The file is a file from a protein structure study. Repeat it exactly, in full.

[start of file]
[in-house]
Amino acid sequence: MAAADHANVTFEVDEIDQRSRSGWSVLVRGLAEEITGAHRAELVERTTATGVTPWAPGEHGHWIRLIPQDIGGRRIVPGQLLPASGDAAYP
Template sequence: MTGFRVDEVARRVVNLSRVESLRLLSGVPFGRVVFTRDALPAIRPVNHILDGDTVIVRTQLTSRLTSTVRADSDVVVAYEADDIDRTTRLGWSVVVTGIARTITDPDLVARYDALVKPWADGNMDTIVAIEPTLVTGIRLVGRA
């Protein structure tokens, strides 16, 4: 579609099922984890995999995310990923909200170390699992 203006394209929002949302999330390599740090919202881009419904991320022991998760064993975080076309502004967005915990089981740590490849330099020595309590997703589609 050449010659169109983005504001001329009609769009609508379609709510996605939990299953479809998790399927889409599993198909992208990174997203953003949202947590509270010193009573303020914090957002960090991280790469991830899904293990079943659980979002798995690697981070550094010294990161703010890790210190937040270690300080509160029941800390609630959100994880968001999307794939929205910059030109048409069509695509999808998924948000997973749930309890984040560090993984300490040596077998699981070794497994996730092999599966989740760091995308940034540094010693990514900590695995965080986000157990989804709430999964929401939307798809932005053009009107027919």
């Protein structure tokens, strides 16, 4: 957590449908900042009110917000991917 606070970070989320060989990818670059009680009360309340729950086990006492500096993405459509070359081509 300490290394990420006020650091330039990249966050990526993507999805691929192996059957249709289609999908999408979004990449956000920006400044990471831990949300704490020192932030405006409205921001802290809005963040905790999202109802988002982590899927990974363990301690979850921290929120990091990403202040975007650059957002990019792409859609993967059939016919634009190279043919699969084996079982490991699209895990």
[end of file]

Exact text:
[in-house]
Amino acid sequence: MAAADHANVTFEVDEIDQRSRSGWSVLVRGLAEEITGAHRAELVERTTATGVTPWAPGEHGHWIRLIPQDIGGRRIVPGQLLPASGDAAYP
Template sequence: MTGFRVDEVARRVVNLSRVESLRLLSGVPFGRVVFTRDALPAIRPVNHILDGDTVIVRTQLTSRLTSTVRADSDVVVAYEADDIDRTTRLGWSVVVTGIARTITDPDLVARYDALVKPWADGNMDTIVAIEPTLVTGIRLVGRA
């Protein structure tokens, strides 16, 4: 579609099922984890995999995310990923909200170390699992 203006394209929002949302999330390599740090919202881009419904991320022991998760064993975080076309502004967005915990089981740590490849330099020595309590997703589609 050449010659169109983005504001001329009609769009609508379609709510996605939990299953479809998790399927889409599993198909992208990174997203953003949202947590509270010193009573303020914090957002960090991280790469991830899904293990079943659980979002798995690697981070550094010294990161703010890790210190937040270690300080509160029941800390609630959100994880968001999307794939929205910059030109048409069509695509999808998924948000997973749930309890984040560090993984300490040596077998699981070794497994996730092999599966989740760091995308940034540094010693990514900590695995965080986000157990989804709430999964929401939307798809932005053009009107027919």
């Protein structure tokens, strides 16, 4: 957590449908900042009110917000991917 606070970070989320060989990818670059009680009360309340729950086990006492500096993405459509070359081509 300490290394990420006020650091330039990249966050990526993507999805691929192996059957249709289609999908999408979004990449956000920006400044990471831990949300704490020192932030405006409205921001802290809005963040905790999202109802988002982590899927990974363990301690979850921290929120990091990403202040975007650059957002990019792409859609993967059939016919634009190279043919699969084996079982490991699209895990």